FIG. 3 is a sectional view similar to FIG. 2;

FIG. 4 is a fragmentary cross-sectional view of another preferred embodiment of the present invention; and

FIG. 5 is a cross-sectional view taken along line 5--5 of FIG. 4.

DETAILED DESCRIPTION OF THE PREFERRED EMBODIMENT OF THE PRESENT INVENTION

With reference first to FIG. 1, an engine 10 incorporating the cooling apparatus of the present invention is thereshown. The engine 10 is preferably an aircraft gas turbine engine and includes a housing 12 containing a compressor 14 therein. The engine 10 also includes a compressor outlet 16 leading from the compressor 14 and to a combustion chamber 18 also contained in the housing 12. A turbine inlet 20 is formed at the exit of the combustion chamber 18, and a plurality of stator vanes 22 are disposed in the turbine inlet 20.

The engine 10 also includes a rotor 24 rotatably mounted on a shaft 26 contained in the housing 12, connected to the housing 12 by a plurality of bearings 28 mounted to a bearing support housing 30 on the housing 12, only one of the bearings 28 being shown. The rotor 24 includes a hub 32 to which a plurality of turbine blades 34 are mounted. Preferably, the compressor 14 is mounted to the same shaft 26 as the rotor 24.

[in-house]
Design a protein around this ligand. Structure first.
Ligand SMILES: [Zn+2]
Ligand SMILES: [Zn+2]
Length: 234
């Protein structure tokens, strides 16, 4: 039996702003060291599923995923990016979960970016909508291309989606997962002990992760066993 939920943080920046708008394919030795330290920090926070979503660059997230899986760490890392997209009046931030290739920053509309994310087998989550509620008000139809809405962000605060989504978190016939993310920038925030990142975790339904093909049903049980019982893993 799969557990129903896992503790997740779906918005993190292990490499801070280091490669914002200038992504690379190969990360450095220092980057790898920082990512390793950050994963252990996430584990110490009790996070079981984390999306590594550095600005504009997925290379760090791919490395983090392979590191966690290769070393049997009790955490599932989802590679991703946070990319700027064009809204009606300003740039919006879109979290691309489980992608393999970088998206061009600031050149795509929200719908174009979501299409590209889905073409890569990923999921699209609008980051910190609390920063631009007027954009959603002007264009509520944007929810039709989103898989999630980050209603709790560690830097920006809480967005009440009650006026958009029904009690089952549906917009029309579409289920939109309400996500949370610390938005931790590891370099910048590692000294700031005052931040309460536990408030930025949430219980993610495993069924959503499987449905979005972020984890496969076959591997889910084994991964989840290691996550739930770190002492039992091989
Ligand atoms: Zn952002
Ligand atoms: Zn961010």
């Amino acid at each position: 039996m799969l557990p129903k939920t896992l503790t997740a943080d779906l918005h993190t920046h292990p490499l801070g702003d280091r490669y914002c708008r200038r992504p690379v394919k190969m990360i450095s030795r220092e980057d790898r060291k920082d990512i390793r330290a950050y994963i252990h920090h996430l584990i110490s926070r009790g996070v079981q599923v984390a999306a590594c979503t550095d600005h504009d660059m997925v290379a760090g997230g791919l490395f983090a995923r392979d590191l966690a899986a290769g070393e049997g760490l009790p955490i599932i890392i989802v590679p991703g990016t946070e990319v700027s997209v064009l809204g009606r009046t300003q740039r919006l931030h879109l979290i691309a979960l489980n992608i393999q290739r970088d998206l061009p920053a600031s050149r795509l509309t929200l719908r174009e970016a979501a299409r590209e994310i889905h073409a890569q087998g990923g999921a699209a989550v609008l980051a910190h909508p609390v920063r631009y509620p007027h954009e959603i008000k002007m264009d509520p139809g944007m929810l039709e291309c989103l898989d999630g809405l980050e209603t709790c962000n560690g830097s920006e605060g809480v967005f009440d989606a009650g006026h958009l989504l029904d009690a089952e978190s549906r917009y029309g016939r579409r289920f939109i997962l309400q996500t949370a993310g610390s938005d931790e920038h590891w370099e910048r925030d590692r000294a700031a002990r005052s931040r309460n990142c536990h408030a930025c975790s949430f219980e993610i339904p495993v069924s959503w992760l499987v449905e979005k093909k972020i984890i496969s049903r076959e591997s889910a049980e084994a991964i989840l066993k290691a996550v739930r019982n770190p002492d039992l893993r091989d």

The turbine engine 10 as described so far operates in the conventional fashion. The compressor 14 provides a flow of pressurized intake air from its outlet 16, which is then fed to the combustion chamber 18, whereat the airflow is mixed with a fuel and ignited. The combustion products of the ignition of the fuel and air exit the combustion chamber 18 and pass through the turbine inlet 20 between the stator vanes 22. The exhaust gases impinge upon the turbine blades 34, inducing rotation of the rotor 24 about the shaft 26. The combustion gases then exit the engine 10 in any conventional fashion. Rotation of the shaft 26 under influence of the stream of exhaust gases through the turbine inlet 20 induces rotation of the compressor 14 so as to continuously provide a supply of air to the combustion chamber 18. The exhaust gases, of course, also serve to propel the aircraft to which the engine 10 is mounted.